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    $\begingroup$ No I think we probably agree on what is cheap, but I hadn't thought it through — to see a 17th magnitude object, you would need a 1-m class telescope, which is definitely not cheap. But with a cheap telescope and a camera, it shouldn't be too difficult (although you might have to do some sky background subtraction). $\endgroup$
    – pela
    Commented Dec 30, 2021 at 19:33
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    $\begingroup$ Current status on the visibility of JWST: My colleague took this picture through his 11.5 cm telescope with 2 min's exposure. A rough estimate based on the surrounding stars is that JWST is currently V ~ 16, although it fluctuates somewhat. Since it's currently 1e6 km away, in L2 it will be 1.5 more distant, so 1.5² times fainter, or roughly one mag. $\endgroup$
    – pela
    Commented Jan 6, 2022 at 16:05
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    $\begingroup$ The ephemeris can be found here: unistellaroptics.com/observe-jwst. I don't know how easy it was, though. $\endgroup$
    – pela
    Commented Jan 10, 2022 at 14:15

We can use the same expression that is commonly used to estimate the apparent magnitude of a planet or asteroid in the Solar System*:

$$\boxed{m=5 \log \frac{1329}{d \cdot \sqrt p}+5 \log (D_s \cdot D_e)-2.5\log f(F)}$$


m is the apparent magnitude

log is the decimal logarithm

d is the diameter in km

p is the albedo

Ds is the distance to the Sun in Astronomical Units (AU)

De is the distance to Earth in Astronomical Units (AU)

f(F) is the phase function

If we want to apply this expression to the James Webb Space Telescope, the values to use are as follows.

As the surface area of the JWST solar shield is $S=21\cdot 14=294$ square meters:

$$d=\sqrt{\frac{4\cdot S}{\pi}}$$

Equivalent diameter "d"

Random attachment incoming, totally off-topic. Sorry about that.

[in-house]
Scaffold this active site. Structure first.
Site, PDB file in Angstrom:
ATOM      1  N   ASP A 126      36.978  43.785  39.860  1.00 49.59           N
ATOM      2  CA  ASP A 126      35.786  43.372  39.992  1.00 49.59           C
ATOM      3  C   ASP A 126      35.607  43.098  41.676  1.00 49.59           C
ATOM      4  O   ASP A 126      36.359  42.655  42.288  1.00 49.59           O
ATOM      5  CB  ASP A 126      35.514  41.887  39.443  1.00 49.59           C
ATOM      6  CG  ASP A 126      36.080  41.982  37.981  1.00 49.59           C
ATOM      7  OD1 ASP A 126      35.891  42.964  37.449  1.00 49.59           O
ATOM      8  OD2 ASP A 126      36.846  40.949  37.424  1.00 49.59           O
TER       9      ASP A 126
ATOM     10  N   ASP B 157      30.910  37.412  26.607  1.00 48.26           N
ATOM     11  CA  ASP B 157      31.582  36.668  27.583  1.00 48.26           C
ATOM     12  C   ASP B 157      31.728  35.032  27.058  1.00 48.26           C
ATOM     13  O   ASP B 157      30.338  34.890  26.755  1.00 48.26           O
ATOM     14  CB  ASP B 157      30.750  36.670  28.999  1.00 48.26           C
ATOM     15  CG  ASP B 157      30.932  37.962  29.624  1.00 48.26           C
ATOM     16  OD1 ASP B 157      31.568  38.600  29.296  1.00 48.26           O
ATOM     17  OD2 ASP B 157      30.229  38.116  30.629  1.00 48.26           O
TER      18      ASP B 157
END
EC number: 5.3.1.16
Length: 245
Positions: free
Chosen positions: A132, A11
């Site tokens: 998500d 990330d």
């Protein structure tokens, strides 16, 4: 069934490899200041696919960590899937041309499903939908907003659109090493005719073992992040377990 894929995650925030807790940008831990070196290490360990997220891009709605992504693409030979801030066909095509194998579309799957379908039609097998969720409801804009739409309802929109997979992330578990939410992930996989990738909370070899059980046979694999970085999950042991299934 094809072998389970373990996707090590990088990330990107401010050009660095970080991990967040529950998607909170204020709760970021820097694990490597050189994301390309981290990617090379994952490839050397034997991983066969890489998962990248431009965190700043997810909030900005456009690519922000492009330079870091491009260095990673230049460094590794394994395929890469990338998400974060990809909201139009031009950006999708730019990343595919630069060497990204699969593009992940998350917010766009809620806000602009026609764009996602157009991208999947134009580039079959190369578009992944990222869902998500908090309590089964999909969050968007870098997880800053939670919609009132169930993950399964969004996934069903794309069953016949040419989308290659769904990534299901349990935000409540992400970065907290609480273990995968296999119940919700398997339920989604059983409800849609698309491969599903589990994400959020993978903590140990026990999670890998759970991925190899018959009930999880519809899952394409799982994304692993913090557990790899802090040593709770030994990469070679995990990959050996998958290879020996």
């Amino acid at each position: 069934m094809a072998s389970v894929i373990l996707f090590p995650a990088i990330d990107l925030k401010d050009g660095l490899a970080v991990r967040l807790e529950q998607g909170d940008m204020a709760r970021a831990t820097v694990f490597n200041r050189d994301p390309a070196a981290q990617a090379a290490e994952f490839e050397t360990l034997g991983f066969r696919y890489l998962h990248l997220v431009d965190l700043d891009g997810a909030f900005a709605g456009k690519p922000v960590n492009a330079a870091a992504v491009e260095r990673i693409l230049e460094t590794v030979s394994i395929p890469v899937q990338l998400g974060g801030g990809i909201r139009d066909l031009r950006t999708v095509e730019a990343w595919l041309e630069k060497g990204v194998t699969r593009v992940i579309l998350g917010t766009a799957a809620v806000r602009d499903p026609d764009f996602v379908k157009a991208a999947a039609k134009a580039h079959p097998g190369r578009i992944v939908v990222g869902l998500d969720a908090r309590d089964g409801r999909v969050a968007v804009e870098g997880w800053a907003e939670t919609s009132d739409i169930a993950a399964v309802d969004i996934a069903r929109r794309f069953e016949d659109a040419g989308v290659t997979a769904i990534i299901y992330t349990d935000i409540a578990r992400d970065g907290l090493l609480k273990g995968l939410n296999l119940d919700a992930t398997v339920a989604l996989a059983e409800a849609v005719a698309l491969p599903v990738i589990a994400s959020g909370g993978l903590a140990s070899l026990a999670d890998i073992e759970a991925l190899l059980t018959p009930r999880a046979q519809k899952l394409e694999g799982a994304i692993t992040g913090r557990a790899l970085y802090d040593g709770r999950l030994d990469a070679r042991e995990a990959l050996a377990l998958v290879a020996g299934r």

d = 0.01935 km

The satellite hosting the Webb Telescope will be placed in a halo orbit around Lagrange L2 Sun-Earth, a point located 1.5 million kilometers from the Earth (see drawing). The radius of the halo orbit is 0.8 million km.


De = 0.01136 AU

Ds = 1.01004 AU

As a phase function we will use the usual one:

$$f(F)=\dfrac{1+\cos F}2$$

The phase angle "F" is calculated using basic trigonometry from the drawing

Webb position

It is obtained:

F = 27.8º

And we see that the contribution of the corresponding summand is almost negligible:

$$-2.5 \log f(F)=+0.06$$

The albedo "p" of the heat shield will be high, to reflect the maximum amount of heat possible. But since the albedo of the solar shield is unknown to me, I add the table below showing the estimated apparent magnitude value, for different albedo values.

magnitude vs albedo table

The table tells us that the apparent magnitude of the JWST when it reaches its halo orbit around L2 will be of the order of +15 and therefore this should be visible with some powerful telescopes of amateur astronomers.

*Reference: Binary asteroid population. 1. Angular momentum content, by P. Pravec and A.W. Harris

Best regards.


I have been imaging the JWST with a Celestron C11 almost every clear night since January 4th. After it arrived at L2 I estimate the magnitude around 17 or 18 based on asteroids about that magnitude that I have imaged. I caught a significant brief brightening that can be seen in this set of images https://www.flickr.com/photos/mjzuraw/51845428333/in/photostream/ It should be possible to predict these brighting or flaring events much like they do for iridium satellites.


One of the problems with imaging GAIA is that the satellite is moving fairly rapidly with respect to the stars so increase the exposure time does not make the image any brighter. Since JWST is in a larger halo orbit it may have a higher apparent motion so is more difficult to image. If you can track JWST it may be easier to image but of course the stars will trail.